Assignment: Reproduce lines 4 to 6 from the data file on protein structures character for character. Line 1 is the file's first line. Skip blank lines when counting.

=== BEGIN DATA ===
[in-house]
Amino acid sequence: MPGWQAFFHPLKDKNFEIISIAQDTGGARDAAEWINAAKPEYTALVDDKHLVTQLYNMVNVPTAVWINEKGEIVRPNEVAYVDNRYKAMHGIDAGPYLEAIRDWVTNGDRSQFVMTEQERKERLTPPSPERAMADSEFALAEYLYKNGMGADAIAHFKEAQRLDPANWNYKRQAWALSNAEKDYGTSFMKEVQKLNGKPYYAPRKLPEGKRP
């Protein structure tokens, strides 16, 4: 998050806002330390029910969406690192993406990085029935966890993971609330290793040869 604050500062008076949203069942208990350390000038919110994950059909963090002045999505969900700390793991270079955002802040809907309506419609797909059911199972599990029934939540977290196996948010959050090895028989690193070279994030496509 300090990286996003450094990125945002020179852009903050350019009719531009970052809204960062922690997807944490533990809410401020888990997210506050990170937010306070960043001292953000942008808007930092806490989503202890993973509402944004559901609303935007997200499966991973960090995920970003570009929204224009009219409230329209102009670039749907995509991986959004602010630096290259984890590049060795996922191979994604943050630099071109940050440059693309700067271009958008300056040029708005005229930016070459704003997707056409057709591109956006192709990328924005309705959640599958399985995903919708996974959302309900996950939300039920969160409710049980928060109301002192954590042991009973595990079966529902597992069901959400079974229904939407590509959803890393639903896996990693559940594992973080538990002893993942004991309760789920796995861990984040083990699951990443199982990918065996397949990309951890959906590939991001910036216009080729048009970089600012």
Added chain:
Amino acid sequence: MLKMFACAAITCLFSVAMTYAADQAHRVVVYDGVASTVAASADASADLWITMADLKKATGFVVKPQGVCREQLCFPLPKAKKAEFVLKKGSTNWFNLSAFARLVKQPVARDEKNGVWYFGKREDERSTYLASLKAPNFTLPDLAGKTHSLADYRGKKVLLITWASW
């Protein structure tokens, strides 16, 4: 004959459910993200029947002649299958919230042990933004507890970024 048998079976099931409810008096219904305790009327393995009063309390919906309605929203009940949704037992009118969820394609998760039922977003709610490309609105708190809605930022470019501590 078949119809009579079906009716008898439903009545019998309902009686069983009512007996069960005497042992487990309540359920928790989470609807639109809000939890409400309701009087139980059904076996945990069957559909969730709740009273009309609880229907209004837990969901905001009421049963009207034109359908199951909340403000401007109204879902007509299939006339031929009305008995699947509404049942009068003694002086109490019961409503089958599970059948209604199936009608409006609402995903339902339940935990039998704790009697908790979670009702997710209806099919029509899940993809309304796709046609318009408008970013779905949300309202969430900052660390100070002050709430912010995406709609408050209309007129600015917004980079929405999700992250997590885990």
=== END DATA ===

Added chain:
Amino acid sequence: MLKMFACAAITCLFSVAMTYAADQAHRVVVYDGVASTVAASADASADLWITMADLKKATGFVVKPQGVCREQLCFPLPKAKKAEFVLKKGSTNWFNLSAFARLVKQPVARDEKNGVWYFGKREDERSTYLASLKAPNFTLPDLAGKTHSLADYRGKKVLLITWASW
């Protein structure tokens, strides 16, 4: 004959459910993200029947002649299958919230042990933004507890970024 048998079976099931409810008096219904305790009327393995009063309390919906309605929203009940949704037992009118969820394609998760039922977003709610490309609105708190809605930022470019501590 078949119809009579079906009716008898439903009545019998309902009686069983009512007996069960005497042992487990309540359920928790989470609807639109809000939890409400309701009087139980059904076996945990069957559909969730709740009273009309609880229907209004837990969901905001009421049963009207034109359908199951909340403000401007109204879902007509299939006339031929009305008995699947509404049942009068003694002086109490019961409503089958599970059948209604199936009608409006609402995903339902339940935990039998704790009697908790979670009702997710209806099919029509899940993809309304796709046609318009408008970013779905949300309202969430900052660390100070002050709430912010995406709609408050209309007129600015917004980079929405999700992250997590885990």